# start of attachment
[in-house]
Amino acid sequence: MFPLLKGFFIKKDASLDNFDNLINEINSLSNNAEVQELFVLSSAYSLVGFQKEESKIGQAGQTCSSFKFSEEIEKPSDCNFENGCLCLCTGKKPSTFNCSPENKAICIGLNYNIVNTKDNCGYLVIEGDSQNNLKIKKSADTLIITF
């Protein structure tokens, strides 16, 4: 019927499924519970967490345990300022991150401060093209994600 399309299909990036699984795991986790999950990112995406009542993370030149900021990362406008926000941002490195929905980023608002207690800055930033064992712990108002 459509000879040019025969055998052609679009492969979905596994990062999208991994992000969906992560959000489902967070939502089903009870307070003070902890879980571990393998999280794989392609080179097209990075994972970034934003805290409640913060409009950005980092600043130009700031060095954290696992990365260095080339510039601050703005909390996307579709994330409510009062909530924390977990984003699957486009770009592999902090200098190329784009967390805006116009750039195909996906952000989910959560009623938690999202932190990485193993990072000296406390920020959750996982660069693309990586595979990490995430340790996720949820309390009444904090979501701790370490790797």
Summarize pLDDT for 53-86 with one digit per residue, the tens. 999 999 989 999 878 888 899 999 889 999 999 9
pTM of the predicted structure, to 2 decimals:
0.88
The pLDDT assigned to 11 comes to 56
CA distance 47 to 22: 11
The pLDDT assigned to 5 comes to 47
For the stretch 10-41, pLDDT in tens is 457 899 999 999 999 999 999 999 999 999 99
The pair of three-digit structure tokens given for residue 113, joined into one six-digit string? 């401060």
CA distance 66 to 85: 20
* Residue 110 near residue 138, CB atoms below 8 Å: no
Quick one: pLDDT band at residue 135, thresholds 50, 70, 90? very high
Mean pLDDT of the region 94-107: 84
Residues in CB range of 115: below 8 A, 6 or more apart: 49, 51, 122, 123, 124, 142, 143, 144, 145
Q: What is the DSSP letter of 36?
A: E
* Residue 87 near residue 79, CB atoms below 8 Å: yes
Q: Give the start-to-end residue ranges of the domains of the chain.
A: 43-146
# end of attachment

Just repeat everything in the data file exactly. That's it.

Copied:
[in-house]
Amino acid sequence: MFPLLKGFFIKKDASLDNFDNLINEINSLSNNAEVQELFVLSSAYSLVGFQKEESKIGQAGQTCSSFKFSEEIEKPSDCNFENGCLCLCTGKKPSTFNCSPENKAICIGLNYNIVNTKDNCGYLVIEGDSQNNLKIKKSADTLIITF
């Protein structure tokens, strides 16, 4: 019927499924519970967490345990300022991150401060093209994600 399309299909990036699984795991986790999950990112995406009542993370030149900021990362406008926000941002490195929905980023608002207690800055930033064992712990108002 459509000879040019025969055998052609679009492969979905596994990062999208991994992000969906992560959000489902967070939502089903009870307070003070902890879980571990393998999280794989392609080179097209990075994972970034934003805290409640913060409009950005980092600043130009700031060095954290696992990365260095080339510039601050703005909390996307579709994330409510009062909530924390977990984003699957486009770009592999902090200098190329784009967390805006116009750039195909996906952000989910959560009623938690999202932190990485193993990072000296406390920020959750996982660069693309990586595979990490995430340790996720949820309390009444904090979501701790370490790797």
Summarize pLDDT for 53-86 with one digit per residue, the tens. 999 999 989 999 878 888 899 999 889 999 999 9
pTM of the predicted structure, to 2 decimals:
0.88
The pLDDT assigned to 11 comes to 56
CA distance 47 to 22: 11
The pLDDT assigned to 5 comes to 47
For the stretch 10-41, pLDDT in tens is 457 899 999 999 999 999 999 999 999 999 99
The pair of three-digit structure tokens given for residue 113, joined into one six-digit string? 């401060």
CA distance 66 to 85: 20
* Residue 110 near residue 138, CB atoms below 8 Å: no
Quick one: pLDDT band at residue 135, thresholds 50, 70, 90? very high
Mean pLDDT of the region 94-107: 84
Residues in CB range of 115: below 8 A, 6 or more apart: 49, 51, 122, 123, 124, 142, 143, 144, 145
Q: What is the DSSP letter of 36?
A: E
* Residue 87 near residue 79, CB atoms below 8 Å: yes
Q: Give the start-to-end residue ranges of the domains of the chain.
A: 43-146